What Weber wrote about the ex­pansion of the market for goods is equally true for the expansion of the market for labor. If you want to create a market that per­mits free entry, mass employment, and increased benefits for those not in elite categories, you must permit wage competition. Other­wise the employment game will be played in terms of paper quality: employment resumes, college tran­scripts and photographs.

Naturally, the WLF members tend to be recruited from just these elitist segments of the nation’s population. They are the girls with the college degrees and the affluent fathers who will be able to support them until they can find “the right job.” The WLF girl who is willing to put on a little makeup and hide her militancy to her employer will have access to the jobs denied to her less advan­taged sisters. She can drop out of the WLF and into a prestige job at her discretion. Therefore, what we find in the case of the WLF is a replay of a very ancient tune: a group calling for the imposition of a government law for the “good of the masses” ultimately encour­ages a law which would benefit the elitist stratum from which it re­cruits its members. Here is an­other example of the privileged minority which does quite well by doing good.

The Competitive Firm Will Pay Women Fairly

For the woman who is really competent in what has generally been regarded as a man’s world, the “equal pay for equal work” scheme cannot help her, and it may hinder her initial access to the job in which she expects to demon­strate her abilities. Once she gets the job she wants, at whatever salary, she can prove her worth as a valuable factor of production, assuming she is talented. She will need no Federal law to get her legitimate reward from her em­ployer, assuming the employer is serious about staying competitive in the world’s markets.

There are, of course, inefficient firms. These will not strive to stay competitive, i.e., by rewarding every factor of production accord­ing to the value of its output. This is the kind of overstuffed, flabby corporation that Robert Townsend attacks in his delightfully icono­clastic book, Up the Organization. Townsend’s recommendation to the talented but underpaid woman is identical to his recommendation for the talented, underpaid man: quit. That kind of firm is not in­terested in competition and there­fore uninterested in creativity and production. It is best to get out. Townsend’s article in the Septem­ber, 1970 issue of McCall’s warns women that a company which con­sistently discriminates against women at all levels is probably filled with hacks, especially at the top; a good firm will pay her what she is worth. She should shop around until she finds one, just as Mary Wells, the enormously suc­cessful advertising executive, was forced to do. If a firm is competi­tive, Townsend writes, it will pay women fairly.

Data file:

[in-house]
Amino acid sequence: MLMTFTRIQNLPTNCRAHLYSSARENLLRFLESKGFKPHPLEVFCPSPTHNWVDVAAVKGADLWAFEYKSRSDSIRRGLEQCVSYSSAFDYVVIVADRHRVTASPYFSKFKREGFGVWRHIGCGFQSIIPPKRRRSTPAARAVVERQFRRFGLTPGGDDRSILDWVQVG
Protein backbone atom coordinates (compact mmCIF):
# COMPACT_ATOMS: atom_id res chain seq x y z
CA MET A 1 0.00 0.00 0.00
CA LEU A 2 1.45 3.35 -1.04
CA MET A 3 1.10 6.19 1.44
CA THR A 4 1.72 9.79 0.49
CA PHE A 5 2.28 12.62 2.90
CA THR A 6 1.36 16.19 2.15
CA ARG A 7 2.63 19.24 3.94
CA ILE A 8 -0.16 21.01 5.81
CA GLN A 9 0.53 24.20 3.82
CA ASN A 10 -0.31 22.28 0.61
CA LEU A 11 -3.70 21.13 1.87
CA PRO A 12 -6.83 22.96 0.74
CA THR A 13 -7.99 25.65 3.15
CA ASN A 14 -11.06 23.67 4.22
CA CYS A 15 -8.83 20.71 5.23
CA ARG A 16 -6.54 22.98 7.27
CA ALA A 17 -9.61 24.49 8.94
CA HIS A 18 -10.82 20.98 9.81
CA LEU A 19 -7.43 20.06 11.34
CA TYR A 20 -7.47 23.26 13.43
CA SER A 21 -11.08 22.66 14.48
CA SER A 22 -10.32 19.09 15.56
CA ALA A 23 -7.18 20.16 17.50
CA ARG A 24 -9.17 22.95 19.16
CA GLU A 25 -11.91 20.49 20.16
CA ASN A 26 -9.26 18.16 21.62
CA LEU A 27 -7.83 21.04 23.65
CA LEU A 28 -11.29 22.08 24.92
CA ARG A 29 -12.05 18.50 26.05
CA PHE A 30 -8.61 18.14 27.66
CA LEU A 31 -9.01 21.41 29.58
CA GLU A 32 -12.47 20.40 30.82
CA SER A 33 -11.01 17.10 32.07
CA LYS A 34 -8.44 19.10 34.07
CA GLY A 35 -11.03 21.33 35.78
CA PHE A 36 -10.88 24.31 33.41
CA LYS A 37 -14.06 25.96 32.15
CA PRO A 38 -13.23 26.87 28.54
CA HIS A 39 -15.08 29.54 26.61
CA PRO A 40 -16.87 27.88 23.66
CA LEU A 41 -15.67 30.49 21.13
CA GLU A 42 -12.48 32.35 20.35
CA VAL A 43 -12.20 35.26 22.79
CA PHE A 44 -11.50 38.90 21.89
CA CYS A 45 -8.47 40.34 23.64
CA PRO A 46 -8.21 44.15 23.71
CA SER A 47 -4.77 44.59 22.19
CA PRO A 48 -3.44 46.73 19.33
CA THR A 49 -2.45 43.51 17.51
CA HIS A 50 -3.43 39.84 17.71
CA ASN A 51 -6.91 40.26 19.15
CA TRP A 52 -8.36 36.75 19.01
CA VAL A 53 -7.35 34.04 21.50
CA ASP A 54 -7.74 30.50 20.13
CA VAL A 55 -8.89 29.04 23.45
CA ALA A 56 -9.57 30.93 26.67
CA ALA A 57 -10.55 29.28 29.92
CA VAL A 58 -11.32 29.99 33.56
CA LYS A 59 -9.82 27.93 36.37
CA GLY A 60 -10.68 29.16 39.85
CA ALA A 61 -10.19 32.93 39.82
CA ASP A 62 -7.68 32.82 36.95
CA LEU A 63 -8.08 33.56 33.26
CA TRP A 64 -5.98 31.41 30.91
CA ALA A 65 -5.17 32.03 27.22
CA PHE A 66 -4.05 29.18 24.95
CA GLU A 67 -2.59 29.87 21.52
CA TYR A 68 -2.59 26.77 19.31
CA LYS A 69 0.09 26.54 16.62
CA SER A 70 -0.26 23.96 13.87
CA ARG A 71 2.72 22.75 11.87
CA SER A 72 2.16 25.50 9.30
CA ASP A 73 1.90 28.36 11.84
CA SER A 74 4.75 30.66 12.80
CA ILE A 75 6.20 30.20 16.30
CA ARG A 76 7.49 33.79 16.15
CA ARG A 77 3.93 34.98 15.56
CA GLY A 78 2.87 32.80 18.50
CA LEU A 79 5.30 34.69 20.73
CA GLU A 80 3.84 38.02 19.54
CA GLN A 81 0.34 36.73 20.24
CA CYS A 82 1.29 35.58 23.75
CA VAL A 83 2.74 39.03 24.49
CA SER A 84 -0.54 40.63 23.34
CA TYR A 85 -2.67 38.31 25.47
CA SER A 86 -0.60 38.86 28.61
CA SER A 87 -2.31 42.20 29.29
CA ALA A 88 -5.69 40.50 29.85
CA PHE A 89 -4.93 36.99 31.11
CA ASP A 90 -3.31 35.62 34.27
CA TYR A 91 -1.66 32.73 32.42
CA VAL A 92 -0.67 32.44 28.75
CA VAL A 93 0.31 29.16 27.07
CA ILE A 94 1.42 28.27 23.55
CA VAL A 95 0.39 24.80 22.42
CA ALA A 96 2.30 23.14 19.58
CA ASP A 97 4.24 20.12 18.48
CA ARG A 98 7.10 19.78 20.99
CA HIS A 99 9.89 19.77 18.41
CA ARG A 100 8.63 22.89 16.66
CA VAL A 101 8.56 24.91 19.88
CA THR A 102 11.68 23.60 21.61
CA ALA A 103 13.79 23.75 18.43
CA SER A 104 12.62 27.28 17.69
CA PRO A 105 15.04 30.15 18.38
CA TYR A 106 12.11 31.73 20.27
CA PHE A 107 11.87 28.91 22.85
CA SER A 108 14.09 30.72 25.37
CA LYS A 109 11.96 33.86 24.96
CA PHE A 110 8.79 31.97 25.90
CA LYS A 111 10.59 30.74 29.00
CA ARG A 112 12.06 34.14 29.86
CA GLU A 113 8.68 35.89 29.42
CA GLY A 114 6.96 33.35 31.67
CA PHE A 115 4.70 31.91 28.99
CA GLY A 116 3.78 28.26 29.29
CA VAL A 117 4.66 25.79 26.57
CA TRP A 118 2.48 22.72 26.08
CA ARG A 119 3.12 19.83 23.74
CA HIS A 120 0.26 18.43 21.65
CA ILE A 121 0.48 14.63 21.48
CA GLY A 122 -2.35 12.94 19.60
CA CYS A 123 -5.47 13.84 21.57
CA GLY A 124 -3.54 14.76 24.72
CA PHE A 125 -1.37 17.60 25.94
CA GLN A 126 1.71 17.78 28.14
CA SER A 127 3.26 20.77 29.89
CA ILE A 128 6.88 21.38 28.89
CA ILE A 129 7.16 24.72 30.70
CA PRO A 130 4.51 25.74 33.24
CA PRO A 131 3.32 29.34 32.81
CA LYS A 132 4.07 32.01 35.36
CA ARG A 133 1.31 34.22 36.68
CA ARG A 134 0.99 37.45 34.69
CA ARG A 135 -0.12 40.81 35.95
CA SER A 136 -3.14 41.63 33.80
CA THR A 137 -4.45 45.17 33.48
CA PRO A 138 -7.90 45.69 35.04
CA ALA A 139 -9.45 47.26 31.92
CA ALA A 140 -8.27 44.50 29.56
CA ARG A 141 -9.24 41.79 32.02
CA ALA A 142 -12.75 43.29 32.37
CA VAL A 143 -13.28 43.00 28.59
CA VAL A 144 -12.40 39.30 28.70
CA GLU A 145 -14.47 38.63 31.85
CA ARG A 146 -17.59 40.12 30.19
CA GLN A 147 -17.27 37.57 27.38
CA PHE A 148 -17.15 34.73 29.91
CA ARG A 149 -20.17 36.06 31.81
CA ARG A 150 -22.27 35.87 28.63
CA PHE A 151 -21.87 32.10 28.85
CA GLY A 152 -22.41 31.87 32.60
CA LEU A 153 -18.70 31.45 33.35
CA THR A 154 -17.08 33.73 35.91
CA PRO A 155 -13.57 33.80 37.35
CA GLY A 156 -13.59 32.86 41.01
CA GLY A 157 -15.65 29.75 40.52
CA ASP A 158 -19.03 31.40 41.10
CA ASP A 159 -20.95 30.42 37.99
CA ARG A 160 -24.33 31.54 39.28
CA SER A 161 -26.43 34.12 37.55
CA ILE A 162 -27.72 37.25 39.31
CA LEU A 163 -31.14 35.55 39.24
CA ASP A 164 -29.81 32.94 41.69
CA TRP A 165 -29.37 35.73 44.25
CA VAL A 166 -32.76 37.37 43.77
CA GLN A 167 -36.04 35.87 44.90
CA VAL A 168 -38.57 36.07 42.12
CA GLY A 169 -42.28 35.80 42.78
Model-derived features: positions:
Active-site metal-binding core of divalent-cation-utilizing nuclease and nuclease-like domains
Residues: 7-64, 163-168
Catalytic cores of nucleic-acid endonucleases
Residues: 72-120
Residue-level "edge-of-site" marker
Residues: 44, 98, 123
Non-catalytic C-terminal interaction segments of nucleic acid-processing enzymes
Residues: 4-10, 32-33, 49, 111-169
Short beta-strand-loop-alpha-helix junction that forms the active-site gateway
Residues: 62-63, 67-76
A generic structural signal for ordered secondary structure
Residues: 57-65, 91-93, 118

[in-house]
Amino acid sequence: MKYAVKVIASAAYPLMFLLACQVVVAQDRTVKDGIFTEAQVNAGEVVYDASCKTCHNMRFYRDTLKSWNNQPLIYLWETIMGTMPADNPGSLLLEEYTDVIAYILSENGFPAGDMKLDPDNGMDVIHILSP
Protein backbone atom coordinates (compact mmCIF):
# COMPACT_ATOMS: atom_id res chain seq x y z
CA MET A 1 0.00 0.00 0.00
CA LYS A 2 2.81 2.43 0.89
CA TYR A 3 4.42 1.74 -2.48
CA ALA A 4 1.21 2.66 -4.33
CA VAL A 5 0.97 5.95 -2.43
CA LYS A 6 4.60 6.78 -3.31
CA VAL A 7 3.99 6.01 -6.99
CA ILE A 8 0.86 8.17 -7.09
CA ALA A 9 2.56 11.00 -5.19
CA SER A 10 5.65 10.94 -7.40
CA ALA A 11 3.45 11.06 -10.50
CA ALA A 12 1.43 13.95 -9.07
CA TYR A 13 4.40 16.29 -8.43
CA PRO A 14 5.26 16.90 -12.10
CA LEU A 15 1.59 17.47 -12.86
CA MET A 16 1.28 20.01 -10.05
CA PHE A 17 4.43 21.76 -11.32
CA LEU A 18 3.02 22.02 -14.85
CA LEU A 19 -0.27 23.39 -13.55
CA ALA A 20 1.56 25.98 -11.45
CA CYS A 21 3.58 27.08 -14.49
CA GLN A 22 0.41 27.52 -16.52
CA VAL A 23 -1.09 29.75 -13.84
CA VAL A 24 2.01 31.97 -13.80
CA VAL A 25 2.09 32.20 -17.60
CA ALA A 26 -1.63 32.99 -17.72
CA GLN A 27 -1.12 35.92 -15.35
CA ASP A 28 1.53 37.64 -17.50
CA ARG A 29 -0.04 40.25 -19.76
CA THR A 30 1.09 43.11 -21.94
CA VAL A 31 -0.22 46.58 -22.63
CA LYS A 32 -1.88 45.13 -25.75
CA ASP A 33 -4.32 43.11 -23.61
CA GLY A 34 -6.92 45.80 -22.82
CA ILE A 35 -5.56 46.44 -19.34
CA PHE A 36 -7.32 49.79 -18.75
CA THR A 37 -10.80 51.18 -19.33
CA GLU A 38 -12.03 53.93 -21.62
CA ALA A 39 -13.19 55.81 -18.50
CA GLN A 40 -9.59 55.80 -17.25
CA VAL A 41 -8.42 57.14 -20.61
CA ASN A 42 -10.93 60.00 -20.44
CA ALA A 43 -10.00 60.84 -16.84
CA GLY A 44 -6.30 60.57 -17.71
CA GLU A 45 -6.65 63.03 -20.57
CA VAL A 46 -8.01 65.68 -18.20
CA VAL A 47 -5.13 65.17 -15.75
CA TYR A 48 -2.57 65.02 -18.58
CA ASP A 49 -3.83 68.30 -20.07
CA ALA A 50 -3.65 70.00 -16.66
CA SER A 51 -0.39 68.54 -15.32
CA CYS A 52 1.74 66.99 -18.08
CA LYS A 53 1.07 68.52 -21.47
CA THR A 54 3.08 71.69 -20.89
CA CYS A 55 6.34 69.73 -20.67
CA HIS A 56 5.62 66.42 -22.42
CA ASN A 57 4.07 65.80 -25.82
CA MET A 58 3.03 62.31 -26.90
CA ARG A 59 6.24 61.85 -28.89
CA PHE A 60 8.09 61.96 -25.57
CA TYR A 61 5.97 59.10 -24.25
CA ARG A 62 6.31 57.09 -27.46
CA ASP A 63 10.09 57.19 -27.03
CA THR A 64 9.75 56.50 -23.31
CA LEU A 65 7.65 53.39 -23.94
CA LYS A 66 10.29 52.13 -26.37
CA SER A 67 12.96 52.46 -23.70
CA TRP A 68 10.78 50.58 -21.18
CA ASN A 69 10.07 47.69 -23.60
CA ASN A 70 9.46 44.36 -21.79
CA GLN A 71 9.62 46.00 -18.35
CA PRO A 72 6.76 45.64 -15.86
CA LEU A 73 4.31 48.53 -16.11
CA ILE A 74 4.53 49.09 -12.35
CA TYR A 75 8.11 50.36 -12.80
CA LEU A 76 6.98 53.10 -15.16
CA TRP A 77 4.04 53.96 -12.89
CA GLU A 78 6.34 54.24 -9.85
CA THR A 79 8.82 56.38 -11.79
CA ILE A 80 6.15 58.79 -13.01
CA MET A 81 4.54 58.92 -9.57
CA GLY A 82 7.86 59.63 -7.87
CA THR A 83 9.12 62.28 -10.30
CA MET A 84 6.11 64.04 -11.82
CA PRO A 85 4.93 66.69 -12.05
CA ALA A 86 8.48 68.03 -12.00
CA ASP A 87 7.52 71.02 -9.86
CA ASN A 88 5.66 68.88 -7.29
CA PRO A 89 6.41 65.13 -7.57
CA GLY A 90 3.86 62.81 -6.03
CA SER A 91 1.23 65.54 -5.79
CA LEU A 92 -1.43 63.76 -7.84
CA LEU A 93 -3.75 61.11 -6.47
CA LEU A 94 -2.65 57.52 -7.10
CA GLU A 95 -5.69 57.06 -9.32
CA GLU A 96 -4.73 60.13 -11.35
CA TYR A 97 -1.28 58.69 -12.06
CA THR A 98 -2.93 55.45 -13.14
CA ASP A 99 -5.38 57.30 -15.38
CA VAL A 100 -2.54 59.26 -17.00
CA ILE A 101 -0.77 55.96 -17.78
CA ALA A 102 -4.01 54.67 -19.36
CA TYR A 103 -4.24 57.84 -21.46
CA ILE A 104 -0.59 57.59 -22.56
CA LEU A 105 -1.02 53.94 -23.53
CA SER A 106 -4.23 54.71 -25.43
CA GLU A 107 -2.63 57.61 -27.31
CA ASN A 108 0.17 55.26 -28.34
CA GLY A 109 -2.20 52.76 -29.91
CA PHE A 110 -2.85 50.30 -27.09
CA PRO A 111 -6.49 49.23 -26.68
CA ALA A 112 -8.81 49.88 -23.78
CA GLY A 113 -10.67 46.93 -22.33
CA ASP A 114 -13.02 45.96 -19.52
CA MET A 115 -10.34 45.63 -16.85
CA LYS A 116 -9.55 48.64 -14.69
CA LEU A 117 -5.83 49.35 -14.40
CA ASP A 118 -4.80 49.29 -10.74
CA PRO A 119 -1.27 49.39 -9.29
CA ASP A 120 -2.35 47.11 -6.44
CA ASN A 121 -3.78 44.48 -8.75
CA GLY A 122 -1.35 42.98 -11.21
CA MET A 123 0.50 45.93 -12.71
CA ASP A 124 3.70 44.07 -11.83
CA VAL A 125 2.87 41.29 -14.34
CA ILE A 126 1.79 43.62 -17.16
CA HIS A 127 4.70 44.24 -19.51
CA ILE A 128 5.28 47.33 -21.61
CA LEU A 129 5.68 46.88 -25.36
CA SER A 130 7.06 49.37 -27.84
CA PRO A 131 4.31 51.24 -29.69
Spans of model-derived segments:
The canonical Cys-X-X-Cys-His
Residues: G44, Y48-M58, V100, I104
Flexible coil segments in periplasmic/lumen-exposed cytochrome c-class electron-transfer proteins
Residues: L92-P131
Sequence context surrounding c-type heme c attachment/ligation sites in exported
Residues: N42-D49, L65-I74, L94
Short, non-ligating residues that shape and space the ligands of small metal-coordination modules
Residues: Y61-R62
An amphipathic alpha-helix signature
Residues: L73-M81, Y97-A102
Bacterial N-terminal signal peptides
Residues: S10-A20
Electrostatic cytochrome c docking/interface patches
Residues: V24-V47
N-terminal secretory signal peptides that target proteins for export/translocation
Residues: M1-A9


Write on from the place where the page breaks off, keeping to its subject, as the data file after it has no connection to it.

By implication, we ought to con­clude that the hostility to women who have proven their capability rests on a commitment to security above competition. Another mini­mum wage law will not solve this problem. What will solve it, as I argued in the January, 1970 issue of this journal, is a return to the decentralized, profit-oriented, free market business firm that is not shielded from competition by a host of Federal regulations and Federal subsidies, both direct and indirect. What the competent woman needs, especially the woman who is not loaded down with paper qualifications, is that initial shot at the job that will serve as her testing ground, re­gardless of whether she gets a paycheck as large as a man’s. What she does not need, and what those of us who benefit from her greater productivity do not need, is the establishment of the WLF’s neomedieval principle, “equal pay for equal work.”

 

***

Everyone Wants More

It may be taken for granted that all men want greater rewards, either material or psychic, or both, than they are receiving. In some the desire for increased reward is much keener than in others; those in whom it is keen are on the lookout for more lucrative employment. Some complain that their rewards are altogether “too small” and insist that they should have more. If they are able to persuade the community of this, they may be given an additional material reward or they may be offered the chance to work and earn an additional amount.

Those whose rewards are considered by the community to be “too small” and who aver that they want to earn more are classed as “unemployed” and are looked upon as a social problem. The “problem” is to increase their rewards. It is assumed (wholly without proof) that they cannot do this for themselves and hence that society must do it for them.

However, the “unemployed” are not differently situated from others. They are receiving some rewards and they want more; the same can be said of us all. If the “unemployed” are helpless, so is everyone.

OSCAR COOLEY, Paying Men Not to Work


  • Dr. North is president of The Institute for Christian Economics in Tyler, Texas. He was FEE’s director of seminars in the early 1970s and has served as a member of the board of trustees.